Happy Camper was described to me as “Just like car camping”. I’m not sure that the person who told me that had ever done it before….I do know that he apologized when he gave me the informational sheet and told me last night that I was leaving at 0900 for my overnight experience. (For pictures, see: Lynette’s Happy Camper)
Jason was at FSTP (the acronym for the group conducting Happy Camper) and asked if he could attend. There was no room, so he decided to join the McMurdo tour at 0800, which is where I split from him. I returned to my room and packed the recommended items (full ECWs, a thermos-type mug, extra gloves/socks/hats, sunscreen, lip sealant, any snacks, and “The Happy Camper Attitude”) and headed to the FSTP training that began in a classroom at 0900. We talked about cold weather injuries - prevention, identification, and “cures”. We then loaded into a Delta (our transport to the camp) and headed over to 155 to get our lunches and any last minute things people forgot.
I did some searching for Jason to let him know that 1 bailed from training (see if he could bump in), but I couldn’t find him.?With that, we loaded up into the Delta and headed out to Snowmound City. The Delta dropped us off about a third of a mile from our destination for my first walk in Antarctica in my ECWs. Luckily, our trainers had a piston bully and we didn’t have to carry our bags with us. After the long jaunt, in which I got to know Bamma, a general assistant (GA) in McMurdo, we arrived at the instructor’s hut (i-hut) for lunch (consisting of 3 sandwich choices-PB&J, roast beef, and salami; cracker/chip things; peanut butter cookies (grandma’s brand); cheese crackers with PB; and juice boxes). We chowed.
Already, the cold was starting to make it clear that we would need a higher calorie intake.? We then talked about the stoves that would be used tonight and in field camps. Down here, it’s the whisperlite by MSA (the same one that Jason and I use for camping). With that done, our instructor pulled down the bottle of sunscreen for us - only for us to discover that it was frozen. Luckily, a few people had some to share (mine was also frozen) - I guess I knew then it would be a chilly night. We then went into a warming building and made sleeping kits consisting of 2 foam mats, a sleeping bag, and a fleece liner for the bag. We then hiked back down to snowmound city, where we met the camera crew (the crew heading to the dry valleys were also in my class). There, we learned how to cut ice blocks and build an ice wall for protection. As a pack team of 20, we split into cutting, shoveling, transporting, and building. I rotate a bit between transporting and building. It was cool to watch huge blocks come up out of the ground. It was also fun to take a saw and trim the blocks to be more square during the building process. It was amazing how warm a person stayed during the process. Then, we learned how to put up the Scott tent - a big yellow (double-walled canvas) tent used primarily in field camps.
As part of the anchoring system, we learned how to lay a deadman for anchor in the snow and tie down the tent. Our trainer then showed us the quick solution for a storm onset - digging a 1-man trench. He dug a sleeping trench in about 10 minutes and offered tips - digging it narrow at top and big at bottom for movement and less air coming in - then putting blocks (like we built the wall) on top for cover. He then dug around his trench more and turned it into our “kitchen” so that noone had to bend over a pot all night (In pic, people are standing in kitchen)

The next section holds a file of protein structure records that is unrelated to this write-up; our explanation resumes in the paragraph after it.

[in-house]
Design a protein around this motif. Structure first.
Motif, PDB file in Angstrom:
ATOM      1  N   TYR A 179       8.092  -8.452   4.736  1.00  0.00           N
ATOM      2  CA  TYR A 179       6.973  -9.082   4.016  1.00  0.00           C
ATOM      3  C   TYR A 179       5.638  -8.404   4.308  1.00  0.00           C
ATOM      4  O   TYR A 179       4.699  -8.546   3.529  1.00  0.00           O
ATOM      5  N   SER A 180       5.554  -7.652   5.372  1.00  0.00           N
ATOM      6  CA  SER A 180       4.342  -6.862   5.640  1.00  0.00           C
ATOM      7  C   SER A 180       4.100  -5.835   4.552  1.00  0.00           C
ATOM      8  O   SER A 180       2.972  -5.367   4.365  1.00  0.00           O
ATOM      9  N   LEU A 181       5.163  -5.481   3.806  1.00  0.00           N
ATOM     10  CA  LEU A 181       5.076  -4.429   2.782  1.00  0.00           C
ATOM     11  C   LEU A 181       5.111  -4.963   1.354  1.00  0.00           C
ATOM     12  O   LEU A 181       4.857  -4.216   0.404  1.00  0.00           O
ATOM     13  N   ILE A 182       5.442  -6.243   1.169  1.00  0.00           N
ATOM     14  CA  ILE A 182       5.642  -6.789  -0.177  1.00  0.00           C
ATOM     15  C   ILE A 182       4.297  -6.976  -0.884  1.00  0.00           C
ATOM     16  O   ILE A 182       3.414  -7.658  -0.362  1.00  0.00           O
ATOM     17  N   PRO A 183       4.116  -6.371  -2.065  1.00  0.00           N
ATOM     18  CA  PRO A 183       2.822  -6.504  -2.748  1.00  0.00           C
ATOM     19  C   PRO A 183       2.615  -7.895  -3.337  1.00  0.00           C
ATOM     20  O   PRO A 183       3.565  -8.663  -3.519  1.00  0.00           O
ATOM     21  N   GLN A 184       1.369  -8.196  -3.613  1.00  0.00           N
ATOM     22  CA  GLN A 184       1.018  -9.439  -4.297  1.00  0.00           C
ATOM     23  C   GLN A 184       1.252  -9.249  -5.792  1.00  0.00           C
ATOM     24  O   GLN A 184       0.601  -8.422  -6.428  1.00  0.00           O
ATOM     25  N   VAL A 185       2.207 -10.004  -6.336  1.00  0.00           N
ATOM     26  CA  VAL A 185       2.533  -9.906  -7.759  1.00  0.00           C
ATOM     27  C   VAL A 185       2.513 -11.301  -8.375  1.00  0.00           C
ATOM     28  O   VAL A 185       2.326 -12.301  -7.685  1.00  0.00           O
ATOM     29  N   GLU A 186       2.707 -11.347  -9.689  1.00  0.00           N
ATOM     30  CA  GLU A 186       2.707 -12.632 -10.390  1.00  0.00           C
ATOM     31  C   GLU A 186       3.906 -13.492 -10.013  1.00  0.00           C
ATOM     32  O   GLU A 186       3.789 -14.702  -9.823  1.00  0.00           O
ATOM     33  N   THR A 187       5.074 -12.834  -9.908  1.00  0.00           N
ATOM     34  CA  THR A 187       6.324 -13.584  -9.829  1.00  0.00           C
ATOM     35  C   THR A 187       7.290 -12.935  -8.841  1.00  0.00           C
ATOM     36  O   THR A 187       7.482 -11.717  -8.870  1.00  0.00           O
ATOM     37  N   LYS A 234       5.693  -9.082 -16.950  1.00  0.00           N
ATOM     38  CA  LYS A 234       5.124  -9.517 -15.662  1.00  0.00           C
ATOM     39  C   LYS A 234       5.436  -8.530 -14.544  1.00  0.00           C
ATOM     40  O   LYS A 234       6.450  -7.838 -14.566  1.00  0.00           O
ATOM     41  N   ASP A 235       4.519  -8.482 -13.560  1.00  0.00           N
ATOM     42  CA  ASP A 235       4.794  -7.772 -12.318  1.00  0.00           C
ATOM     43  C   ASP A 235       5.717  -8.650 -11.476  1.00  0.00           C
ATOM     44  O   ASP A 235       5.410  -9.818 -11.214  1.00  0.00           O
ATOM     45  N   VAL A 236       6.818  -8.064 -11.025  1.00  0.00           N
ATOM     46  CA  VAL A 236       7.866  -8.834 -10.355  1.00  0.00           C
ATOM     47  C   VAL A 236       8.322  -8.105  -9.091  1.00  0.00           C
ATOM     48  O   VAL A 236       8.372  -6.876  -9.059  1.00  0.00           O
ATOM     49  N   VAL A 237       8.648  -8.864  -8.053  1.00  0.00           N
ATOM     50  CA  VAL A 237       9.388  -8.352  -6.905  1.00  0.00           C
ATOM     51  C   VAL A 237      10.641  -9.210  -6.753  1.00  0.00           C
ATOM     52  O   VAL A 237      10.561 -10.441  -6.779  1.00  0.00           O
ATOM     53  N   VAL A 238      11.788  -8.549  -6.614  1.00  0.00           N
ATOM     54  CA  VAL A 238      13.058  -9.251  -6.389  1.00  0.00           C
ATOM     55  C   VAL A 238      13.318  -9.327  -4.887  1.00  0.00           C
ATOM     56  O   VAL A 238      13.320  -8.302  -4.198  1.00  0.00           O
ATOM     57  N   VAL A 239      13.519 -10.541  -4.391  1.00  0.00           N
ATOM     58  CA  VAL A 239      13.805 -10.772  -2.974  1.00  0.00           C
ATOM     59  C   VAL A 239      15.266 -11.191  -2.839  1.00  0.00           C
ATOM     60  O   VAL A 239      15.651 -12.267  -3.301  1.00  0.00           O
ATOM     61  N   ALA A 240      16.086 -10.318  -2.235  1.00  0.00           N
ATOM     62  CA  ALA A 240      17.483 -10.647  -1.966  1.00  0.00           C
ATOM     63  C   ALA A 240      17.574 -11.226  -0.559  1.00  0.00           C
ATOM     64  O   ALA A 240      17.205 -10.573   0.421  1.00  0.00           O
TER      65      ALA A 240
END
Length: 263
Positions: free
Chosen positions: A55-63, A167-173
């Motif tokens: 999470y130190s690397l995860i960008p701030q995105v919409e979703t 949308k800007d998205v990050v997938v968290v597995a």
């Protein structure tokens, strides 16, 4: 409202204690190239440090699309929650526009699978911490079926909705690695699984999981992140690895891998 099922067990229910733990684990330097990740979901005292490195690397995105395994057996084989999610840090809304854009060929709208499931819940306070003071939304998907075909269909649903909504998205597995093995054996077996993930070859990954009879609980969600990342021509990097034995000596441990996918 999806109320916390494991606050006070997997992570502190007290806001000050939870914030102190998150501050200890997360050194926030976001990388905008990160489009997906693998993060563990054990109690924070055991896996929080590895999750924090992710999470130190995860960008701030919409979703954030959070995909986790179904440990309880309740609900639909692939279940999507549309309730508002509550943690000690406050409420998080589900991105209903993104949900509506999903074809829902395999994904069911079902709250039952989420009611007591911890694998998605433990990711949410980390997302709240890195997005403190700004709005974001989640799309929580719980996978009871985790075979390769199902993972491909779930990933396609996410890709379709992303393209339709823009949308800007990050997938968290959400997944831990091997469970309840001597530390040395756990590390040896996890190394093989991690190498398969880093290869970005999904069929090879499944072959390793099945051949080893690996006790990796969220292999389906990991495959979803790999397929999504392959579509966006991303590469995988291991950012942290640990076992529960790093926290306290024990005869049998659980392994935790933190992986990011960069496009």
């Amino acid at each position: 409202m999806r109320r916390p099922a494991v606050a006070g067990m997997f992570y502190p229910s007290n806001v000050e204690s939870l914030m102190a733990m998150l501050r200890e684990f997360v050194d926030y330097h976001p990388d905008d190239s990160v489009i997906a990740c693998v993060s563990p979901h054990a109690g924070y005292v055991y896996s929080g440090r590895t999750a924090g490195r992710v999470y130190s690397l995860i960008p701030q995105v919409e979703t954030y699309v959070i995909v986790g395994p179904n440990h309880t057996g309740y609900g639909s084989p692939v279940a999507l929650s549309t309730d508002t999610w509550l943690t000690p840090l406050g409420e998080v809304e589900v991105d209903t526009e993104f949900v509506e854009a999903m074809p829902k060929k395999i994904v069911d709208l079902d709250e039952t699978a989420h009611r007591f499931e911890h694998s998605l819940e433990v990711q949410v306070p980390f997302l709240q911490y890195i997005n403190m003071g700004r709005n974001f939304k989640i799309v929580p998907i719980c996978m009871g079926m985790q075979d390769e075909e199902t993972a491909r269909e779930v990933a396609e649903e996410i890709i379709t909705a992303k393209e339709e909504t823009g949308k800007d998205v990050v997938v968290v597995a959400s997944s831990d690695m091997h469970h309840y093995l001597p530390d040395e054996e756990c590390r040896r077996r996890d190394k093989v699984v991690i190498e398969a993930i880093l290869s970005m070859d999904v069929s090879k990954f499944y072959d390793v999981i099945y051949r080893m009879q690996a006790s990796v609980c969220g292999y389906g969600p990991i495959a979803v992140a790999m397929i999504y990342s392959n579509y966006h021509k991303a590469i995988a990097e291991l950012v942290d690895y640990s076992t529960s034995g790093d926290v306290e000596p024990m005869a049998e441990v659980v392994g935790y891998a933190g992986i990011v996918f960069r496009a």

We also put up 4 mountaineering 4-season tents (2 person each). With that complete, the camera crew returned to McMurdo and the instructor’s returned to the hut for the night leaving us with a radio and our gear. A few people jumped into the “kitchen” and began heating water for dinner. I sent on a mission to find some women to share a tent. I found Bamma, another GA (who was tending the stoves), and another young woman helping with a different filming project somewhere on the ice (who happened to have “the crud”). We began moving into one of the Scott tents. Once set-up, we turned out attention to dinner - We had a selection of dehydrated meals, various snackies (granola bars and crackers), and some warm drinks (apple cider, instant coffee, cocoa). I chose rice and chicken based on the calorie and carb value compared with the other selection. I forgot to add the seasoning (forgot or my fingers were too cold) - so it was mighty bland. I didn’t have cocoa earlier, so I (unlike the other 18 cocoa fiends in my group of 19) had to smush it out of the bag in a very “pig at the trough” way. During the class that morning, they were telling us that at some of the field camps, the daily caloric intake was between 5000 and 8000 to meet the body demands from living here. I could believe it. I was starving. After the eating frenzy - I went for the nalgene bottle for water replacement on this, the coldest/windiest/driest place on earth. To my dismay, there was a layer of ice across the top of my bottle. Lesson #1, carry the bottle upside down in the pockets of Big Red (ice then forms away from the mouth opening). Lesson #2, store it on the inside pocket - specially sized for the nalgene bottle. I poured boiling water onto the nalgene until a small whole was crafted into the ice. From there, I filled the bottle with water. This is where I became introduced to my new favorite way to drink water. For those of you who know me well, water has previously only been acceptable when on ice…more like…yes, I will have some water with my ice. Now, I am all about the hot water. Not lukewarm, but hot. Just below the temperature that burns your tongue - right where you have the ability to just drink it without issue. After solving my nalgene problem, I noticed that my hands were getting cold, as was my core. I had one of the girls go for a walk (it was only 630pm at this point). We walked what one of my new friends termed “The Trail of Tears”. A stretch of “road” that we were allowed to safely travel back and forth near camp. When I returned to camp, I stood at the kitchen and asked if anyone wanted a replacement. By now, we were out of our fresh water supply and were melting ice. With no response, I went on another walk with Bamma. Then I did some arm spins - they really do get blood to the fingers quickly and warm them up. I walked around some more. I checked in on the “kitchen” staff. I went for another walk with Bamma. I stood around and watched people completing their private trenches. I then decided I was “done”. It was time to go to the bathroom and hope that I could make it through the night without going again. I think it was around 7:30pm. Bathroom facilities. There were 2 options. There was the “Pee pole”. This was a bamboo stick with a yellow flag on it designating the area to go pee outside. (This kept ice over the rest of the area free for use as water supply ran out). There was also the “Pooper”. This was a small mini-hut for…well…you guessed it. The women also used this. The Pee pole area was not even worth trying as a chick. So, I bared some skin in the mini-hut (yes, it was cold) before heading back to my tent for bed.